Eskom is going backwards

 ·19 Feb 2024

Eskom’s energy availability factor (EAF) plunged to 50.84% – a new low for February. This also means the utility is now on track to miss the EAF target it set for March 2024 and is actually worse off than 2023.

The EAF shows the percentage of time the power station was available for use when it was needed. It is a core measure of performance for any power utility.

Energy analyst Chris Yelland commented on the recent drop in South Africa’s Electricity Availability Factor (EAF), saying it is unsurprising given the country experienced stage 6 load-shedding.

He said the EAF for week six of 2024 continued its decline to 50.84%, which is concerning because it is the primary metric used to assess Eskom’s performance in reducing and eventually stopping load-shedding.

Yelland added that this decline is also despite the return of three 800 MW coal-fired units at the Kusile power station in November 2023.

On track to miss the targets

In January 2023, Eskom’s board indicated that it had embarked on a journey to improve plant performance and reduce load-shedding.

The board set targets of a 60% EAF by 31 March 2023, 65% EAF by 31 March 2024, and 70% by 31 March 2025.

However, Eskom is on track to miss this target by a long shot.

While Eskom’s EAF did hit 60% in 2023, this only happened very briefly in October (missing the March deadline by seven months), and it hasn’t come close since. In fact, Eskom has barely managed to keep EAF above the 50% since that point.

The latest data, compiled by Yelland, shows that Eskom’s EAF has declined for the past five years.

Judging the outlook based on Yelland’s findings, South Africa should expect more years of load-shedding unless Eskom increases the reliability of its generation fleet.

The chart below shows Eskom’s EAF since 2021. The green line on the bottom left shows the 2024 EAF year-to-date.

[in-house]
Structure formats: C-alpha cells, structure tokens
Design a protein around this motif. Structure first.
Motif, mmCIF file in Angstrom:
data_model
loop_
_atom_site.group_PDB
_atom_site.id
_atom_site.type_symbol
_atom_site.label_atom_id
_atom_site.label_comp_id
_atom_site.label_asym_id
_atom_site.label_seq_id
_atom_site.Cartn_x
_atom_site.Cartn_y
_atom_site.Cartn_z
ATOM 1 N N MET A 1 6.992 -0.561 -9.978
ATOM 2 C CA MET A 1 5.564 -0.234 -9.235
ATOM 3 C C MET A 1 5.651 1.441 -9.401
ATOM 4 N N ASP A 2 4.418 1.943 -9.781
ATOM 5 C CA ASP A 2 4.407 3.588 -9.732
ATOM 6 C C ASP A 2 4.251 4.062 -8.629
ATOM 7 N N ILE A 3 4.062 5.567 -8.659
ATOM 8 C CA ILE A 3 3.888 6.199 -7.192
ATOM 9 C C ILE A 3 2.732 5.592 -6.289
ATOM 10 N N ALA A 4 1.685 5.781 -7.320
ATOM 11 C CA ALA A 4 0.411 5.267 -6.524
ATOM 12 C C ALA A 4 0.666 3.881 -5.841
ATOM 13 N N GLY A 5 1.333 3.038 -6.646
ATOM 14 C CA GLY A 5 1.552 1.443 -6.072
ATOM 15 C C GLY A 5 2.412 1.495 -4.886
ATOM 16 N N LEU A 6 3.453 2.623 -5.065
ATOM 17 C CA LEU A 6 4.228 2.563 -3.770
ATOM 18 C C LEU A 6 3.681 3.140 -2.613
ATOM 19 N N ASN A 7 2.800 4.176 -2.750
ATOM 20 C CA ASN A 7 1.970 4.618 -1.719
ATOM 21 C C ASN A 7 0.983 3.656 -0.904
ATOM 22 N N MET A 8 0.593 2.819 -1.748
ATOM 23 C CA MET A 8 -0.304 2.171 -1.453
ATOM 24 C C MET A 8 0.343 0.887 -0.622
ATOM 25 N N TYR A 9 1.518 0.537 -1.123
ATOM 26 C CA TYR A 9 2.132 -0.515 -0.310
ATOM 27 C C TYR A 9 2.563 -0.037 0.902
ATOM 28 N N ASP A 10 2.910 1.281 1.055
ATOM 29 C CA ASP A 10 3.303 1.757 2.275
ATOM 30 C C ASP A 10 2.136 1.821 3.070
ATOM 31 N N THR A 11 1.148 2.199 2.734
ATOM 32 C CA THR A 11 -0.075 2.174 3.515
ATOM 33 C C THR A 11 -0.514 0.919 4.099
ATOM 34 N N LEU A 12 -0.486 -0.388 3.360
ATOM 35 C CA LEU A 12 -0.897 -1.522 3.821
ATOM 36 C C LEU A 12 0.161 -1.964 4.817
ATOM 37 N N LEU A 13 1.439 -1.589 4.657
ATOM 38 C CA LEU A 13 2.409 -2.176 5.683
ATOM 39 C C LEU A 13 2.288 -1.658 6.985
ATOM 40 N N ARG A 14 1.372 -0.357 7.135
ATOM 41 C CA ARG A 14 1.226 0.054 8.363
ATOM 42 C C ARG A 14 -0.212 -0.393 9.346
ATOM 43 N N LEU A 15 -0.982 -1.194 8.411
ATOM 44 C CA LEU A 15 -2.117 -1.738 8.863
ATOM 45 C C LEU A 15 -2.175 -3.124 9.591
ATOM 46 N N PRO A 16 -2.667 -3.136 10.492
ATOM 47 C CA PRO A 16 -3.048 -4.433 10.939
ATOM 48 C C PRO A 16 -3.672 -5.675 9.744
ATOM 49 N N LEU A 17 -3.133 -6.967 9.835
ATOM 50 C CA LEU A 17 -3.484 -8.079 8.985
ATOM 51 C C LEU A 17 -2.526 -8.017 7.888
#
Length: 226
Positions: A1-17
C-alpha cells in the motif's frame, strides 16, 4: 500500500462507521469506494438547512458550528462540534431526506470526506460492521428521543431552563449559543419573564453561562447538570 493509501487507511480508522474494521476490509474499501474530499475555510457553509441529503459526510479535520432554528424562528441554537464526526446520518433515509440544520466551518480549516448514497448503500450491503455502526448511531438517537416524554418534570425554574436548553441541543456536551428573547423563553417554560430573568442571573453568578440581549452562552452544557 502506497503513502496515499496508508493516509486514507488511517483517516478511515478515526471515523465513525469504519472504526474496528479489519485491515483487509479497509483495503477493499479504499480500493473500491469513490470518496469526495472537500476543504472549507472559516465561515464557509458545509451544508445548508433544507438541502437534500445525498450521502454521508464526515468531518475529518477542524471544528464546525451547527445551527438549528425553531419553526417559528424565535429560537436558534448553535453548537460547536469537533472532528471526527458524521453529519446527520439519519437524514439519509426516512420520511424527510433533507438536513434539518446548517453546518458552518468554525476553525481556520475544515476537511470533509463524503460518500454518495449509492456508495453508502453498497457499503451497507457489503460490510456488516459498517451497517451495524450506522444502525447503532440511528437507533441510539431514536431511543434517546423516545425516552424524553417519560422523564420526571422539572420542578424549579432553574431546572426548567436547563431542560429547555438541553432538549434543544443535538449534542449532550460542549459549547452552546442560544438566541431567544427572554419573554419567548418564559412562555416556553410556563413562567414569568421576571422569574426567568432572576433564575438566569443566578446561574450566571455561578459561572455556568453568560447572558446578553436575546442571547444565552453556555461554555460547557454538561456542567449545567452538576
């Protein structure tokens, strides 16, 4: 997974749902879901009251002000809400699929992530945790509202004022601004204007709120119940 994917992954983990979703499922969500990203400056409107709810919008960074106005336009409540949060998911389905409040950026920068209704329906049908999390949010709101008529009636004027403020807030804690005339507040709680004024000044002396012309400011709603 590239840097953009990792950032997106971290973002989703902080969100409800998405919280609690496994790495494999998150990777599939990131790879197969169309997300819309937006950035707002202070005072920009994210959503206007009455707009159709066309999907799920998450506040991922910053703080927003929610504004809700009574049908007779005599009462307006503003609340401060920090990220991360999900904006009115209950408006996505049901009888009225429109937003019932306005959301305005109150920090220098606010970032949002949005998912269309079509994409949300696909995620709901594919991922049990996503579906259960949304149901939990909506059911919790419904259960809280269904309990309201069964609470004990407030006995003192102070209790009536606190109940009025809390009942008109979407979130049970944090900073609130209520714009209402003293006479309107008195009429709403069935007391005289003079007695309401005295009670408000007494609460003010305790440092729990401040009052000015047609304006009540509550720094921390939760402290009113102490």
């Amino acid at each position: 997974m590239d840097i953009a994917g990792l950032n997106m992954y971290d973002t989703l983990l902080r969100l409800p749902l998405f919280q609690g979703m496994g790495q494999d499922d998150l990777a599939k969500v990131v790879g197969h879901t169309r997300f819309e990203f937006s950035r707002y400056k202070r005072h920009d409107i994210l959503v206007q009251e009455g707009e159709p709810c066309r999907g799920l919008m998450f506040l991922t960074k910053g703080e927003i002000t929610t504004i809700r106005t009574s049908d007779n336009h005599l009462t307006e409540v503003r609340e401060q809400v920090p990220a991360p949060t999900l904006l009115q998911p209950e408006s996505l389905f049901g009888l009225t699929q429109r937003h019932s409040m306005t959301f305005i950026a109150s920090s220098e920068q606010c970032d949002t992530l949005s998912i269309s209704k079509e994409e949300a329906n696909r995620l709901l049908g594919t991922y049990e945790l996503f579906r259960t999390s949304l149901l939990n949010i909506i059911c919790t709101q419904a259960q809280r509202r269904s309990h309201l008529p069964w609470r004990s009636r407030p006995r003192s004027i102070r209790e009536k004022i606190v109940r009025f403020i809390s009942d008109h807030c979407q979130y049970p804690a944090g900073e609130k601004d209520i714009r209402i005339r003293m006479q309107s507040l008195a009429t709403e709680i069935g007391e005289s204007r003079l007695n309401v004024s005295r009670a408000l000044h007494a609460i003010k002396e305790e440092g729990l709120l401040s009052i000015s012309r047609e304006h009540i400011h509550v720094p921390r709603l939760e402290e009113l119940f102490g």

The winter plan

In late 2023 and into 2024, Eskom has increased its planned outages for maintenance to levels exceeding the past three years.

This maintenance came at the cost of power availability and saw load shedding return far earlier in 2024 than anticipated, and even contributed to the recent push to stage 6.

Electricity minister Kgosientsho Ramokgopa said the maintenance of power units is part of a “calculated risk” strategy – meaning that the power utility must periodically take units offline for repairs to ensure that they continue to operate efficiently.

However, this leaves the power grid vulnerable to shocks if other units fail or if any other issue disrupts the supply of electricity.

Despite these risks, the electricity minister briefed parliament last week during a State of the Nation debate, stating that the plan is to gradually reduce maintenance from March to May.

“From March of 2024, we will begin reducing planned maintenance from the current 6,000 MW to 5,000MW in April 2024 and to around 3,500MW in May 2024 – a threshold that will be sustained during the winter demand period,” he said.

By doing this, Eskom should be able to claw back over 2,000 MW of capacity – ostensibly covering most of the anticipated rise in demand, which has historically surpassed 30,000 MW from the norm of around 27,000 MW.

Despite this plan – and considering the decline in the EAF – the outlook remains bleak for now.

This sentiment is shared by Eskom’s latest available System Status Report, which shows that an energy shortfall of between 1,000MW and 2,000MW is expected to persist for the rest of the year (based on the estimated unplanned outage of between 16,000MW and 18,200MW).

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